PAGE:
Oregon Pharmacists Tasked to Improve
Access to Hormonal Birth Control

Frequently Asked Questions

What does this really mean? Click on a question to find the answer…


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What is the purpose of this law?

The purpose is to increase access to self-administered hormonal birth control, while addressing safety concerns, resulting in a decrease in unwanted pregnancies. Return to top of page.

Who thought of this proposal? 

Rep. Knute Buhler, a physician in Bend, Oregon, working with colleagues in the legislature envisioned a process through which patient access to prescriptions for self-administered hormonal birth control could be enhanced. The final version involved consultation with the Oregon State Board of Pharmacy and collaborative discussions among representatives from several health professions. Return to top of page.

Are all types of birth control included? 

No. Only self-administered oral or transdermal products are included. Return to top of page.

Will I have to use pharmacist prescribed birth control? 

No. The intent of the law is to expand access. It does not eliminate or limit any existing relationships with providers or drug delivery processes currently used by patients. Return to top of page.

Will my birth control still be covered by insurance? 

Yes. Both state and federal guidelines require insurance coverage for birth control. Return to top of page.

Who can access birth control through their pharmacist? 

All women 18 years old and greater can obtain medication through pharmacist prescribing. Women under the age of 18 must first demonstrate that they have been previously prescribed an oral contraceptive by a primary care provider. This restriction is scheduled to sunset in two years. Return to top of page.

Is my pharmacist required to prescribe birth control? 

All pharmacists have the capacity and opportunity to participate. Some pharmacists may decline to participate. This is allowed in Oregon rules, but there is a professional responsibility to refer the patient to an alternative pharmacy service provider. Return to top of page.

Are pharmacists qualified to be responsible for my reproductive health?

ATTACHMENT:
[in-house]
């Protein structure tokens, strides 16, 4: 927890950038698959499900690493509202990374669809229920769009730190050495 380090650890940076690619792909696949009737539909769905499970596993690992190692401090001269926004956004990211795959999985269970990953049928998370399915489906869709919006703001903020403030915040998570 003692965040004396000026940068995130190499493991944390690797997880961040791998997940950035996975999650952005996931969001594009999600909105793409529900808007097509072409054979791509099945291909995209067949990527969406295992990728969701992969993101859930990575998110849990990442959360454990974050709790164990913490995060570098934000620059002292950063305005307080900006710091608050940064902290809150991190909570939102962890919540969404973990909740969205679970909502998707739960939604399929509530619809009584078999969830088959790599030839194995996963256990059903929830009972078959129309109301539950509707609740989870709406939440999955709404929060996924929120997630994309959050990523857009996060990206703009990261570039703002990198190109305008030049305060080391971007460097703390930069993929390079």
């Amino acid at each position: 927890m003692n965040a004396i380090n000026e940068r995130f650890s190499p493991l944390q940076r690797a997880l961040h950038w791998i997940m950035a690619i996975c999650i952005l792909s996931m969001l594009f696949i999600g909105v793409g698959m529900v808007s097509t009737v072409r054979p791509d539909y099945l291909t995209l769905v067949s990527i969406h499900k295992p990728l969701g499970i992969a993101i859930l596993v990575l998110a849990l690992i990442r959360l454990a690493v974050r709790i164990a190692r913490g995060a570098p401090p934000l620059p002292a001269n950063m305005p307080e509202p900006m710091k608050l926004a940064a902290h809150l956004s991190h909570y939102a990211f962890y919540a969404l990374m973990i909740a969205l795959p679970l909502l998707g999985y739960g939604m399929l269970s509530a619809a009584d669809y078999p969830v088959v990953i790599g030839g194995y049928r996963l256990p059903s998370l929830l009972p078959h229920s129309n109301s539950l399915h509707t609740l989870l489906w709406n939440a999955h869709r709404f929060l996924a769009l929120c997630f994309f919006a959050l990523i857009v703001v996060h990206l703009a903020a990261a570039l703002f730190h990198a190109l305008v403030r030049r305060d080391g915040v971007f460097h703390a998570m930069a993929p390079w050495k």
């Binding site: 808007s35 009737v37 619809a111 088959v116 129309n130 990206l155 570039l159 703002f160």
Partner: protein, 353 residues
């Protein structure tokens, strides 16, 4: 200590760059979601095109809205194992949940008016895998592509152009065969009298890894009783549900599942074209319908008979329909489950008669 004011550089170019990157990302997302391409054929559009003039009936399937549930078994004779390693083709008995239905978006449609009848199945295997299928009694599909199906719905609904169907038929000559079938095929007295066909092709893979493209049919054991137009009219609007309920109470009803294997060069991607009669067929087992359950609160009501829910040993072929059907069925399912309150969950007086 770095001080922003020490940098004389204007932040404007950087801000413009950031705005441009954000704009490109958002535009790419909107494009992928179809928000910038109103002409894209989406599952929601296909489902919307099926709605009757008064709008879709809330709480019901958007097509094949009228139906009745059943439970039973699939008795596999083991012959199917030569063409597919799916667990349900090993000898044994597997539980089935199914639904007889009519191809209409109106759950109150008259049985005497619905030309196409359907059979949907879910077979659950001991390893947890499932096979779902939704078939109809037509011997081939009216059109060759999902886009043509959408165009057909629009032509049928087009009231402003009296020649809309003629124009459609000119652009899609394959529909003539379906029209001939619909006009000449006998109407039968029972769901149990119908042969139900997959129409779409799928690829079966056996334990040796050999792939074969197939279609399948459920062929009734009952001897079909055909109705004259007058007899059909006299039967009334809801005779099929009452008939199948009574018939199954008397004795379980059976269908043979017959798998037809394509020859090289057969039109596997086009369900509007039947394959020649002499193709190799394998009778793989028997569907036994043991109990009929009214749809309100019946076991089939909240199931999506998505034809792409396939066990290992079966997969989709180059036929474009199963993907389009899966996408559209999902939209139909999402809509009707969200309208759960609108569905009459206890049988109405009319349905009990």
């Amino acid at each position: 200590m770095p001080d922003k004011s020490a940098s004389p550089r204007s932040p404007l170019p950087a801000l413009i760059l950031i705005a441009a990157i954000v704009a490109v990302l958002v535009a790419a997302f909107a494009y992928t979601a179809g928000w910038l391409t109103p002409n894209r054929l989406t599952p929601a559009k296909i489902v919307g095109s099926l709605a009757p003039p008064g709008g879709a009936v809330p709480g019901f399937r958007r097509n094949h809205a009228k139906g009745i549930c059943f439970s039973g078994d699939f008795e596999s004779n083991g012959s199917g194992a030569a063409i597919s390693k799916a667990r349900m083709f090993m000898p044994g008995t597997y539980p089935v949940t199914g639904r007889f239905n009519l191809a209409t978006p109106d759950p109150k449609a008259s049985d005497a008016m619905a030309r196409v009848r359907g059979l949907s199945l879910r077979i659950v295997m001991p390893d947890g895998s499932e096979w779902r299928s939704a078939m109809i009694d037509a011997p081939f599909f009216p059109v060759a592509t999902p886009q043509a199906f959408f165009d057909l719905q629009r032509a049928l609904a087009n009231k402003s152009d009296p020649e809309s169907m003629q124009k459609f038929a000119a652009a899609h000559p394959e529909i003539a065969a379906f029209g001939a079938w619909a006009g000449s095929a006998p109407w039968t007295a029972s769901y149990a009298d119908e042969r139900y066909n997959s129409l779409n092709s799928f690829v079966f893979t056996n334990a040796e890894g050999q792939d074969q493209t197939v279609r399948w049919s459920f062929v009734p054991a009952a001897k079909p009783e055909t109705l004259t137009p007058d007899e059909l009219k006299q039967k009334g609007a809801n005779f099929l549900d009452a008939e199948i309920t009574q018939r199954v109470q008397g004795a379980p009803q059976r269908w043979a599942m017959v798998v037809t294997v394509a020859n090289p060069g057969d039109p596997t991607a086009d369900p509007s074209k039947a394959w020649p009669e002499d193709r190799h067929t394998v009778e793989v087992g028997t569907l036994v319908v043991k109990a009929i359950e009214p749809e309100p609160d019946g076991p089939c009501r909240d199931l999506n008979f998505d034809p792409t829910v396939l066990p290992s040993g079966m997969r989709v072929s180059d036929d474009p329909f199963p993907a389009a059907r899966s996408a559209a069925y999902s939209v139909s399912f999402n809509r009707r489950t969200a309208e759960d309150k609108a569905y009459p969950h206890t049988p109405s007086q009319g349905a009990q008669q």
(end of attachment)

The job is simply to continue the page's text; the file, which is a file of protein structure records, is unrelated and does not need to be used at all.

Yes. Today’s typical pharmacy graduate in Oregon has first completed a Bachelor’s degree, is selected for admission through a competitive process and then completes the equivalent of four years of professional education, including classroom and direct patient care experiential education. All pharmacists are also required to complete ongoing continuing education. Return to top of page.

Will the pharmacist know what is the best product? 

A patient administered self-assessment survey will help to guide product selection. Pharmacists will also complete additional specialized education, defined by the State Board of Pharmacy, to complement their existing strong knowledge of drug action and drug products. Return to top of page.

Is it okay to access birth control without a physician’s visit? 

The American College of Obstetricians and Gynecologists has called for improved access to contraceptives for women, including the possibility of over-the-counter status. Studies have suggested that patients with an appropriate survey document can effectively self-screen for risks. California has passed similar legislation and are also in the process of writing rules and enhancing pharmacist education. Return to top of page.

What if there are side effects resulting from the use of my birth control? 

All medications, including over-the-counter medications, have risks associated with them. The Oregon law involves pharmacists, rather than providing medications over-the-counter, to assure patients have a partner in assessing possible risks or side effects. Pharmacists, as for any professional, accept responsibility for decisions made and carry liability insurance to protect the patient and the pharmacist. Return to top of page.

When will this policy go into effect? 

The law allows pharmacist prescribing as early as January 1, 2016, but it is likely that it will not be widely implemented until midyear 2016. The State Board of Pharmacy (in consultation with the Oregon Medical Board, State Board of Nursing and Oregon Health Authority) must first define rules to guide practice and any additional educational requirements for pharmacists. Next, pharmacists must complete the educational unit and, finally, pharmacies must determine how to best incorporate this clinical service into their workflow. Return to top of page.

Does the OSPA support pharmacist prescribing of birth control? 

The Oregon State Pharmacist Association is an advocate for full utilization of pharmacists’ expertise to positively impact the health and wellness of all Oregonians. Pharmacists’ initiation of therapy when a diagnosis is not required or post-diagnostic management of diseases in collaboration with other health professionals is impactful and certainly within the scope of a pharmacist’s education and skill set. Return to top of page.

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